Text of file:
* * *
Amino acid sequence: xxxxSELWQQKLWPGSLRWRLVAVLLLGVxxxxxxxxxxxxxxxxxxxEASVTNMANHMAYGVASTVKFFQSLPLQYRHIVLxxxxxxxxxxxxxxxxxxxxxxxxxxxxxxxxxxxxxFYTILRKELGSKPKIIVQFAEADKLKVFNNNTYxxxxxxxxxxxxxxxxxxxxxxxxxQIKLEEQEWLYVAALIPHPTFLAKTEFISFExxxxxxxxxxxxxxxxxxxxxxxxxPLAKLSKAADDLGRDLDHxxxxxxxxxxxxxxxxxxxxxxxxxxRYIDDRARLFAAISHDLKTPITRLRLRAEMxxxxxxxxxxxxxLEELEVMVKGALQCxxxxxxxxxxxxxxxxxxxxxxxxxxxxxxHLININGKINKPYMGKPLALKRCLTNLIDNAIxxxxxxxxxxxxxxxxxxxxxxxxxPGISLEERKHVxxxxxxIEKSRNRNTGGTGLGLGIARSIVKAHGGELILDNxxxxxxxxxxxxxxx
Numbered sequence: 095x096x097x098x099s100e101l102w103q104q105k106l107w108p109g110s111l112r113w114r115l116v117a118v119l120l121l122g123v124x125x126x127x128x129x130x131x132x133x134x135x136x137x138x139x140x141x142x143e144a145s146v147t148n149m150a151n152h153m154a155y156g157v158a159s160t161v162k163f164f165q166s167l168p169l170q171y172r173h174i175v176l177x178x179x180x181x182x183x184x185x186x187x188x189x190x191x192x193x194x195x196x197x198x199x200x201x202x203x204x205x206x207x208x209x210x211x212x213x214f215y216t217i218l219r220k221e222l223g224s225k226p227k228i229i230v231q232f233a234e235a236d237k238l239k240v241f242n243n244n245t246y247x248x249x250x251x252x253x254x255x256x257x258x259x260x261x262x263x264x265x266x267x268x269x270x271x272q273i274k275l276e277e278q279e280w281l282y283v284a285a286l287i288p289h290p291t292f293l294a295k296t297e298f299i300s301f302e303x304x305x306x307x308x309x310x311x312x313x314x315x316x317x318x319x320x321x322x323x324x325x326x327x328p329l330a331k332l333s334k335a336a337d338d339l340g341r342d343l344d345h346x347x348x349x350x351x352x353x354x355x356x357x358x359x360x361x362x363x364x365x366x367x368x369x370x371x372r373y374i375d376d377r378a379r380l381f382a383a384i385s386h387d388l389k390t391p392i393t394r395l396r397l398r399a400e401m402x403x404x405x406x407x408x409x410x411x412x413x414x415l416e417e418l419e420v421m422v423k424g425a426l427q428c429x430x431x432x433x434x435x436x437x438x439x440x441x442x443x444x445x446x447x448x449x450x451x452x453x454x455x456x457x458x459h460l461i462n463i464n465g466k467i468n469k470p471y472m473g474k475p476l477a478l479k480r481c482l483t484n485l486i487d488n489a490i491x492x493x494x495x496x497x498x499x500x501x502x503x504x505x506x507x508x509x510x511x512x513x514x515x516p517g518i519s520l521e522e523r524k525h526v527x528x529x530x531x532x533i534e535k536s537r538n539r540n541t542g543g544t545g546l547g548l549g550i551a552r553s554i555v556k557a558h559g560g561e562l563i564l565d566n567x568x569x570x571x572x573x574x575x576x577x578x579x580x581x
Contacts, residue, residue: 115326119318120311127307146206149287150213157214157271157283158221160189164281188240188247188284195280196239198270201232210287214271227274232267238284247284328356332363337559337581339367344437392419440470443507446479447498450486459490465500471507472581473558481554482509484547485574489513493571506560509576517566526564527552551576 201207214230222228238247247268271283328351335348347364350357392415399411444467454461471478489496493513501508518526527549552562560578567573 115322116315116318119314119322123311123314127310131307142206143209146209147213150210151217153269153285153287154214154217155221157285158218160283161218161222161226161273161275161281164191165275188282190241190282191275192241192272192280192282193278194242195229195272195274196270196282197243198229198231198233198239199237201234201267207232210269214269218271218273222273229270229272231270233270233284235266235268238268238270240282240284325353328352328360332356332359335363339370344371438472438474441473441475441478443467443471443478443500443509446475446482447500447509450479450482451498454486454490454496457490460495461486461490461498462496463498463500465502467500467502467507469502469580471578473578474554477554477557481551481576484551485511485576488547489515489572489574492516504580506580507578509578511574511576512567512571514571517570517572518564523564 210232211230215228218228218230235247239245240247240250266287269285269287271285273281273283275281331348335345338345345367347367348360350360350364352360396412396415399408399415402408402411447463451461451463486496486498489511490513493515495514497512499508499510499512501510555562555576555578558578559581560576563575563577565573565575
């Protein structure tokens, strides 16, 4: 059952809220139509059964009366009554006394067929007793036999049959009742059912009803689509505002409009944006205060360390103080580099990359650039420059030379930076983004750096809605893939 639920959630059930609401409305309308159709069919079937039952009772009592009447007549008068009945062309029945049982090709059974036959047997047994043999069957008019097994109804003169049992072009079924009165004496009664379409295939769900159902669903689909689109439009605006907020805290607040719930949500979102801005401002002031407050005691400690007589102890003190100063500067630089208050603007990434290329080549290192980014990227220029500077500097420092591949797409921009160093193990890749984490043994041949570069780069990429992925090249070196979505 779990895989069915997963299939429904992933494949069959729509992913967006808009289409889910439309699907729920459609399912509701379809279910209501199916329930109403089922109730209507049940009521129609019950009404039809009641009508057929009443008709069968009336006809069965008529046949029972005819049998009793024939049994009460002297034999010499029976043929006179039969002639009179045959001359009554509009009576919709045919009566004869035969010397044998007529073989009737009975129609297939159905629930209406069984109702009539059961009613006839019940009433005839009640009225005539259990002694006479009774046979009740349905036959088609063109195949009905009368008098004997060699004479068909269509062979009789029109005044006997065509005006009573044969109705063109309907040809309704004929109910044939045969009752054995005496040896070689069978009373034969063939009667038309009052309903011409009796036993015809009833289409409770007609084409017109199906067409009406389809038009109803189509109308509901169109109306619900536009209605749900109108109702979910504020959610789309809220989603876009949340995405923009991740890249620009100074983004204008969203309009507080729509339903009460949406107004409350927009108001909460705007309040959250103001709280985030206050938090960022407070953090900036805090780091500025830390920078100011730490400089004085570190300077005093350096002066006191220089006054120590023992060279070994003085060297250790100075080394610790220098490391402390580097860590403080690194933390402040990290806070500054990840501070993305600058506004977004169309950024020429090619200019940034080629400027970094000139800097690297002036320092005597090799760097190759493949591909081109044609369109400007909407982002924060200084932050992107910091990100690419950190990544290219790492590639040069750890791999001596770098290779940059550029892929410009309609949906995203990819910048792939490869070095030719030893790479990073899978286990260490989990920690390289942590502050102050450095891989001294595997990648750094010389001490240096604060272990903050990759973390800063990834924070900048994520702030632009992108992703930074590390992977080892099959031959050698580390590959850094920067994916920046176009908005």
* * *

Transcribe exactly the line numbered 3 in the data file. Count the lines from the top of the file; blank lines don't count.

Contacts, residue, residue: 115326119318120311127307146206149287150213157214157271157283158221160189164281188240188247188284195280196239198270201232210287214271227274232267238284247284328356332363337559337581339367344437392419440470443507446479447498450486459490465500471507472581473558481554482509484547485574489513493571506560509576517566526564527552551576 201207214230222228238247247268271283328351335348347364350357392415399411444467454461471478489496493513501508518526527549552562560578567573 115322116315116318119314119322123311123314127310131307142206143209146209147213150210151217153269153285153287154214154217155221157285158218160283161218161222161226161273161275161281164191165275188282190241190282191275192241192272192280192282193278194242195229195272195274196270196282197243198229198231198233198239199237201234201267207232210269214269218271218273222273229270229272231270233270233284235266235268238268238270240282240284325353328352328360332356332359335363339370344371438472438474441473441475441478443467443471443478443500443509446475446482447500447509450479450482451498454486454490454496457490460495461486461490461498462496463498463500465502467500467502467507469502469580471578473578474554477554477557481551481576484551485511485576488547489515489572489574492516504580506580507578509578511574511576512567512571514571517570517572518564523564 210232211230215228218228218230235247239245240247240250266287269285269287271285273281273283275281331348335345338345345367347367348360350360350364352360396412396415399408399415402408402411447463451461451463486496486498489511490513493515495514497512499508499510499512501510555562555576555578558578559581560576563575563577565573565575